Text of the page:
Modern market to ring-fence farmers, traders now underway

Kenya farmers have for a long time been fleeced by unscrupulous middlemen, and consumers burdened with inordinately high costs. A direct farmers market is set to change all that. Stories like this are covered in an agro-innovation publication by Kenya Yearbook Editorial Board. Agro-Innovation Transforming agriculture towards sustainable development

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By CATHERINE RIUNGU

riungucm@gmail.com

April 17,2019, Nairobi. Nairobi is gearing up for a direct farmers market set to open its doors in June. This will be the first time in Kenya a market that specifically targets farmers and consumers is being established.

Although fresh markets exists, even when appropriately named “Wakulima” they are a haven of brokers and long chain of traders, a chain that affects the price and quality produce by the time they reach the consumer. Few farmers, if any, ever know where their products ever g after being loaded into a truck.

For the longest time there has been concern on the value-chain challenge in food marketing, the escalation of cost and fleecing of both the farmer and the consumer with both sided loosing benefit to middlemen. Owing to the lack of seamless transition from farm to fork, there is a lack of supervision to ensure safe food for the local market as opposed to the export market.

A consumer in Germany who buys a Kenyan avocado can, if he so wishes, find out which farmer in the country grew the fruit under strict safety rules established through the strictly-enforced protocols known as Global GAP, or Good Agricultural Practices. These rules have a check list on the location of the farm, the inputs applied and when, as ell as post-handling practices that must observe strict hygiene procedures. A bar code once scanned is able to trace back the product to the farmer, and no exporter is allowed to ship produce without adhering to the traceability requirement. This ensures in the event of problems, the grower is held responsible and banned from the business.

A bevy of institutions such as Kenya Plant Health Inspectorate Service and the Horticulture Crops Development Directorate have published the rules and regulations expected for every product destined for export. The regulations are enforced by the Kenya Bureau of Standards KS 1758; parts 1 and 11 for flowers and fresh produce respectively. All produce handlers in the value chain have a set of rules on their respective link. If one fails, the whole chain suffers.

Hygiene standards

Locally, no post-harvest handling protocol exists. No hygiene standards are prescribed for what sells in Marigiti, for example. To enter into an export produce pack-house, you must wear protective and hygiene gear from head to toe, disinfected shoes; wash your hands and no touching of product is allowed.

Now, if we can do so much for the export market, why can’t we do the same for the food we eat locally? Speculation is rife about growing vegetables with raw sewage and spraying tomatoes with chemicals meant for control of pests like ticks in cows. The result has been increasing cases of cancer and other diseases from food contamination.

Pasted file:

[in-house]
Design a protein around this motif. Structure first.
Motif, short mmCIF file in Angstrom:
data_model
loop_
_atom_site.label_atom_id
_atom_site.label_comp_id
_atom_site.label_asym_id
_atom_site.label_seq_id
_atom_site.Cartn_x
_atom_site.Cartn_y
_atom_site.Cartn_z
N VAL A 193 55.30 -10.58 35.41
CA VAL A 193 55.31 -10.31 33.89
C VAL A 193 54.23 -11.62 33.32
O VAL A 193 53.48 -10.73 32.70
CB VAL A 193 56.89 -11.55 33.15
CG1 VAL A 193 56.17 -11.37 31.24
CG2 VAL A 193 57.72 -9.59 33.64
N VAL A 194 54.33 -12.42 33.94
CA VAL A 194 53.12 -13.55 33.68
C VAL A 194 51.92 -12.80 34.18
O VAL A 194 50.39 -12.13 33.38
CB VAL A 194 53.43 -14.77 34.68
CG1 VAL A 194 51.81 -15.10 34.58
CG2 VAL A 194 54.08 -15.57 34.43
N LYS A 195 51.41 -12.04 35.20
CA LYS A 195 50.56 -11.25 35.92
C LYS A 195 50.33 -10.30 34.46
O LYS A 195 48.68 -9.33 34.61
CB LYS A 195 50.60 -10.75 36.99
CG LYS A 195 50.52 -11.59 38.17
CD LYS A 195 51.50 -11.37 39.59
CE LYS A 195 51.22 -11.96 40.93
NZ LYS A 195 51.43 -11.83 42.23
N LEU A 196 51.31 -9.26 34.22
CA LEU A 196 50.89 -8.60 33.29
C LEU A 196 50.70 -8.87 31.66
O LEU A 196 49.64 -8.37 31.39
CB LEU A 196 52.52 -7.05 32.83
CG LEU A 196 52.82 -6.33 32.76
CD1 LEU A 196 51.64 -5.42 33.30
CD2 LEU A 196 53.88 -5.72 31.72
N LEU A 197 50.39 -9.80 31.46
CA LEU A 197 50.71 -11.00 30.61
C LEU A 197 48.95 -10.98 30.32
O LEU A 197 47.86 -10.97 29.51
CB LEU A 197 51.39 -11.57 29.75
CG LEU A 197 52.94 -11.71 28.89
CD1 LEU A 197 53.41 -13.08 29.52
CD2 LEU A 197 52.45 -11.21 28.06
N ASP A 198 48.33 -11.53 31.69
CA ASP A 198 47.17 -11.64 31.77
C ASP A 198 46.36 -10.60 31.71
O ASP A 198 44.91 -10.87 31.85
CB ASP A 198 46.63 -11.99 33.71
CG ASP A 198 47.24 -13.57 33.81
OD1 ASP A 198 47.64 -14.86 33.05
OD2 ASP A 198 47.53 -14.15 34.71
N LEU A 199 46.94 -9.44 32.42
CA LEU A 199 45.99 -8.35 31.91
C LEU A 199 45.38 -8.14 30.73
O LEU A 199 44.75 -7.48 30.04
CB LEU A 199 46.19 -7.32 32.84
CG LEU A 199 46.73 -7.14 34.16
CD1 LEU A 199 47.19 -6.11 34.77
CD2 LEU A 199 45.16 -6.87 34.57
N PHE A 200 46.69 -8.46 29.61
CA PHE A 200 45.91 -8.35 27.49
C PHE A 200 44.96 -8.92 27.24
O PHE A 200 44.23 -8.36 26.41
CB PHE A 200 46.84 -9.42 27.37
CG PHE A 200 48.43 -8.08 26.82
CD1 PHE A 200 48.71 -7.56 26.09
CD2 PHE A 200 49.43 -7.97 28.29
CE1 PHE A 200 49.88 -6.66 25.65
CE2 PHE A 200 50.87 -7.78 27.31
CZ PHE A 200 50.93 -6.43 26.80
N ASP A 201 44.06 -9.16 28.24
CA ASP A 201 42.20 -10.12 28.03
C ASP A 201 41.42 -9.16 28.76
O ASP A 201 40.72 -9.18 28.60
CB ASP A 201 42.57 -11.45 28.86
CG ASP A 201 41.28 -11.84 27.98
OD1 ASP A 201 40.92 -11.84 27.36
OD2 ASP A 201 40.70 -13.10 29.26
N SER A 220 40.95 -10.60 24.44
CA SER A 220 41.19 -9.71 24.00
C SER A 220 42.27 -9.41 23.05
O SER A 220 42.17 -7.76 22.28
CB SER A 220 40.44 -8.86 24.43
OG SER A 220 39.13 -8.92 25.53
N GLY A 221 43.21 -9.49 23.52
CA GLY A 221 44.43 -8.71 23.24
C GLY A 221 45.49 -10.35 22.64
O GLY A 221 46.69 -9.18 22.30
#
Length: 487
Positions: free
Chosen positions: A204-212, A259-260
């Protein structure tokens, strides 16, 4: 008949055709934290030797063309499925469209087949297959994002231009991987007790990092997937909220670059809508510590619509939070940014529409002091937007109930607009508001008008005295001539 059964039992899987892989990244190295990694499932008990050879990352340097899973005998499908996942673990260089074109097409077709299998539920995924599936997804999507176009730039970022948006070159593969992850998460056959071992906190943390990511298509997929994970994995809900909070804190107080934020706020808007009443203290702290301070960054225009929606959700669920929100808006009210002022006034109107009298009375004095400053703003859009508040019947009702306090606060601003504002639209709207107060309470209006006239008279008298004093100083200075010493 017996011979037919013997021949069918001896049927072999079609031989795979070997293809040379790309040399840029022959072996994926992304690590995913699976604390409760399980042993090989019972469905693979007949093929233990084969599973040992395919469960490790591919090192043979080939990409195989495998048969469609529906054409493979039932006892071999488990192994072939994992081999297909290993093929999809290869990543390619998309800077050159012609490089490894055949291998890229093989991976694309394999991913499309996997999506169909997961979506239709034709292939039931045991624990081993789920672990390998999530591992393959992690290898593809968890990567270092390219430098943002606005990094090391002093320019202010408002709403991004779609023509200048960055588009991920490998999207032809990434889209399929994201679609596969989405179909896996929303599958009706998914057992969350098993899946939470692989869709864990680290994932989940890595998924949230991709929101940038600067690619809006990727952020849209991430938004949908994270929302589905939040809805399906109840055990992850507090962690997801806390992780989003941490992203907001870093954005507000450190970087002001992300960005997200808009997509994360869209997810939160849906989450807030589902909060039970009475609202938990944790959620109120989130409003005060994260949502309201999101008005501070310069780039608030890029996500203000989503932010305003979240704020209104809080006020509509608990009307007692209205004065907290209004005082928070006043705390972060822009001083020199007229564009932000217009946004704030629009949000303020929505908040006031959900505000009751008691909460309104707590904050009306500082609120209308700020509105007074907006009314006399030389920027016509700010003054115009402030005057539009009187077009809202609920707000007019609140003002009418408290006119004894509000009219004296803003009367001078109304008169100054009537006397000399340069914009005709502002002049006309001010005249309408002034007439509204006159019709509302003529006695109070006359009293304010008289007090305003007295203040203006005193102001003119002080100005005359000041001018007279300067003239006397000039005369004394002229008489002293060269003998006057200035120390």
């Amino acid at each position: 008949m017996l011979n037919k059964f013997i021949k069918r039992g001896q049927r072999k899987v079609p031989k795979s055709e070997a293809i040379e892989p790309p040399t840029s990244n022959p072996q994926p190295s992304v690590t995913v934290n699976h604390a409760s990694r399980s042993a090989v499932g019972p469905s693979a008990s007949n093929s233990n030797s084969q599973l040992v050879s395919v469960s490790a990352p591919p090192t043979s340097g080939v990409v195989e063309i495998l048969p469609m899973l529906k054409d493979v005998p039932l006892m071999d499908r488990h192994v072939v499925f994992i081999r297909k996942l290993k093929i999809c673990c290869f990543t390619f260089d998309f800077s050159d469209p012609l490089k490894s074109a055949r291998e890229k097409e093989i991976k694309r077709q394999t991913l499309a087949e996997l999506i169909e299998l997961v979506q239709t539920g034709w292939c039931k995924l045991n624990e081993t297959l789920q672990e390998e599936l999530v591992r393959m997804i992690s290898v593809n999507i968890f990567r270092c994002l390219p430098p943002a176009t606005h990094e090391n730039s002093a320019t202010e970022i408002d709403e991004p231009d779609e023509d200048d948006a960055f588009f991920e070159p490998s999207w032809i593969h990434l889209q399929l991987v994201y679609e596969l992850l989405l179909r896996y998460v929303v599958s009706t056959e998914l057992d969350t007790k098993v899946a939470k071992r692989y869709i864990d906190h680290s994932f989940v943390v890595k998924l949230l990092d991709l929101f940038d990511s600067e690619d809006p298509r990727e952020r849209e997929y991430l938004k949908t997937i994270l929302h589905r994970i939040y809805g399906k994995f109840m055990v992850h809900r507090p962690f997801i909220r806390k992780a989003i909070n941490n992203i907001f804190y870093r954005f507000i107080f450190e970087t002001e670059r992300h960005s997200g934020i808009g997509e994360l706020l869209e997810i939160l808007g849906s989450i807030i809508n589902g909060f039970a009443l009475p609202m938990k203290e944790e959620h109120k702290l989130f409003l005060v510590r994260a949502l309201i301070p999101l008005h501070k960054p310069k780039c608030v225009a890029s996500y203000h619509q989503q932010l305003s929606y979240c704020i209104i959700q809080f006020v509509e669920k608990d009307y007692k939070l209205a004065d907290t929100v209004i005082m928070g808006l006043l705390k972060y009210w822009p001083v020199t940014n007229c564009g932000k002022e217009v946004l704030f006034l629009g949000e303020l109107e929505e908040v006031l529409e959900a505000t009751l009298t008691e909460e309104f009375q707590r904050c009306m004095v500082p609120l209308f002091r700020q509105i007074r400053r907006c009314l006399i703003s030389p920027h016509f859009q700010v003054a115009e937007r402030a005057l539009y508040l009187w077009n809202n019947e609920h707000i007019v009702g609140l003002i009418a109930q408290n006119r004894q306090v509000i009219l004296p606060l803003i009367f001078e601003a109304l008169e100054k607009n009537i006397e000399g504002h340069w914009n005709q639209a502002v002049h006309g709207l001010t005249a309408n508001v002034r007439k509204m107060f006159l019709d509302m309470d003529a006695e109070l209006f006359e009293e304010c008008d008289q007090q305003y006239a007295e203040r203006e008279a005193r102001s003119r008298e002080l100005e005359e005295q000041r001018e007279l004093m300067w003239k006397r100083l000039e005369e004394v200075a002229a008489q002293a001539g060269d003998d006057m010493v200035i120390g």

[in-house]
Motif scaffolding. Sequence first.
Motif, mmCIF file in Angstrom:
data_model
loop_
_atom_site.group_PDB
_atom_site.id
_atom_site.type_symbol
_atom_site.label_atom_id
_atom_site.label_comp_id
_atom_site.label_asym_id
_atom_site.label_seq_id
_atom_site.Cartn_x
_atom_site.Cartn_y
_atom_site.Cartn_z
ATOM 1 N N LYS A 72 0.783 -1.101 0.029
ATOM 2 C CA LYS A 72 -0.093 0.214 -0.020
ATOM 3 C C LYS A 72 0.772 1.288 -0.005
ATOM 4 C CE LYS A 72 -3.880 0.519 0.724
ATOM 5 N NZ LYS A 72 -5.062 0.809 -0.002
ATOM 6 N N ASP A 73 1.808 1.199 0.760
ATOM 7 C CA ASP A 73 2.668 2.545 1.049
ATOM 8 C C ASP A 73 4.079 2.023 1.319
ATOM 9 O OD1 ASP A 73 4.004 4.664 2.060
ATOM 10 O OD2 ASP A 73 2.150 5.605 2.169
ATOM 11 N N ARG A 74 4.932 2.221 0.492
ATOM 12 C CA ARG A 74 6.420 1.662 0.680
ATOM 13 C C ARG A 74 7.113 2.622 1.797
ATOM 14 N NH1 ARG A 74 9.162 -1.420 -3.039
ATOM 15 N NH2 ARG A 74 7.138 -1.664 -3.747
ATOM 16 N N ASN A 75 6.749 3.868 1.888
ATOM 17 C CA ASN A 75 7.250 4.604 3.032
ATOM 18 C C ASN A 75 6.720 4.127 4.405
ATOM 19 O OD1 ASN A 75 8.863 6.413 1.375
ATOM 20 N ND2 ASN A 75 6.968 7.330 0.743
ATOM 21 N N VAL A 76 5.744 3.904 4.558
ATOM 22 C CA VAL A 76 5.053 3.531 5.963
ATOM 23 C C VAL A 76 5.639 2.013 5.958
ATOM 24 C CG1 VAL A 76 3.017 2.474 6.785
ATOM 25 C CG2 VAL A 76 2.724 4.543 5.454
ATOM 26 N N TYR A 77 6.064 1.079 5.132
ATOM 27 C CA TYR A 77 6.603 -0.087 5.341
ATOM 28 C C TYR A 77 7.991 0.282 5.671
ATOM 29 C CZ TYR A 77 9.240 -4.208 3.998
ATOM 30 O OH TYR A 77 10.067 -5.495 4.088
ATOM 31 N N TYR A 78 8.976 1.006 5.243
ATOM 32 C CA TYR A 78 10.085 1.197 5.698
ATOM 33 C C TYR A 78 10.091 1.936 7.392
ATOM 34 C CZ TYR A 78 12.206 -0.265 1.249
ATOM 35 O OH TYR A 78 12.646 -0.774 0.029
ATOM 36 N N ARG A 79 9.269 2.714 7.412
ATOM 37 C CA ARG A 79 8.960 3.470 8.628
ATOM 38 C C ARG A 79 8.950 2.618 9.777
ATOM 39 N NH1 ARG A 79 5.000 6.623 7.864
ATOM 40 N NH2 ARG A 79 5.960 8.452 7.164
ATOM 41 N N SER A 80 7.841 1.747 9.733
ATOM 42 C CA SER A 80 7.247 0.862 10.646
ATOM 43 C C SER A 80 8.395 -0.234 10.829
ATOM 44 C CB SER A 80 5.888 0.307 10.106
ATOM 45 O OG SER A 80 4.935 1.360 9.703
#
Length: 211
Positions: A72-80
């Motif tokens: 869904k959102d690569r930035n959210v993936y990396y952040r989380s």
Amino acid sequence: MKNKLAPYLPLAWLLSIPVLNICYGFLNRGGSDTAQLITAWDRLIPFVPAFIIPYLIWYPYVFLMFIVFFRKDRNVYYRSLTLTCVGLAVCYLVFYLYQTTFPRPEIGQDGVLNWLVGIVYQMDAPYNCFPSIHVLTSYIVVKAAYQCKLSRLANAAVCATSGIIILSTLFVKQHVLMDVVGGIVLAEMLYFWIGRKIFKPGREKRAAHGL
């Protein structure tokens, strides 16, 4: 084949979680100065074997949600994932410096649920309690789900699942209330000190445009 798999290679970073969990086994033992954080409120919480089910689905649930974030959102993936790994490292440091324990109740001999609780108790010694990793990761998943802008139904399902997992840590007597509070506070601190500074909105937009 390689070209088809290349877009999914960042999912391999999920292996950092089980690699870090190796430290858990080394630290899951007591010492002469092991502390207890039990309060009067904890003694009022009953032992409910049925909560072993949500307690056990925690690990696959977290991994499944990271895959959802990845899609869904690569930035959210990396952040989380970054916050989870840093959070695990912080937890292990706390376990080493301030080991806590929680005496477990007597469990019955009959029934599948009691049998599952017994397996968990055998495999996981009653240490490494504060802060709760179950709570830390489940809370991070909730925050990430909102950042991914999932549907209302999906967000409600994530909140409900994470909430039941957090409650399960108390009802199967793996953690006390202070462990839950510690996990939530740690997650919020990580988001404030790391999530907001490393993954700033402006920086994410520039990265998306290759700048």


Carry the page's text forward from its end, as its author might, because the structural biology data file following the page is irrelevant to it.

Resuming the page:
The Nairobi Farmers Market, a pioneering establishment where the typical store owner will be a farmer selected on the basis of their scale of their farming, fidelity to good farming methods adherence to common protocols on safety and hygiene, will change all that.

The management says they will subject all farms, even where a farmer is contracted by the stall-owning main farmer, to sporadic inspections to confirm adherence to good practices.

The market will employ heavy use of technology for both crop performance monitoring and home deliver services vide a mobile APP through which consumers will be able to order produce for home deliveries.

The market will bring together wide range of produce – virtually every agricultural – under one roof. From fresh- produce to dry cereals; daily products to meat; wide array of value- added products, from green teas and fresh juices to yoghurts and many more. Both selling and shopping will be fun; no squeezed shelves or paucity of parking within a classy green environment.

For the first time, consumers will get to sample produce from different counties. The produce will be traceable to the region it was grown. E.g., if a consumer wants pineapples from Homabay, potatoes from Narok or bananas from Kisii, this information will be readily available.

The Nairobi Farmers Market therefore seeks to introduce the global consumer market practices to Kenyans and hopes to grow culture of consuming safe, healthy and nutritious food, and at unbeatable prices at that.

The second phase of the project, to be implemented within a year of the launch of the market, aims at establishing a wholesale facility where a large number of registered farmers across the country can sell the produce directly. They will be expected to also submit to strict farming and post-harvest protocols and non-exploitative pricing policy.

It will be backed up by a raft of modern facilities and technology such as cold rooms for short-term hire, a strategic warehousing section for long-term storage of products such as potatoes and onions, and an enterprise resource planning capability for linking with the market with the farms in order to be aware, in real time about current and forthcoming harvest. The project is being promoted by a local company, United Agromarts Limited.

“Source YOUR WEEKLY REVEW, My Gov”

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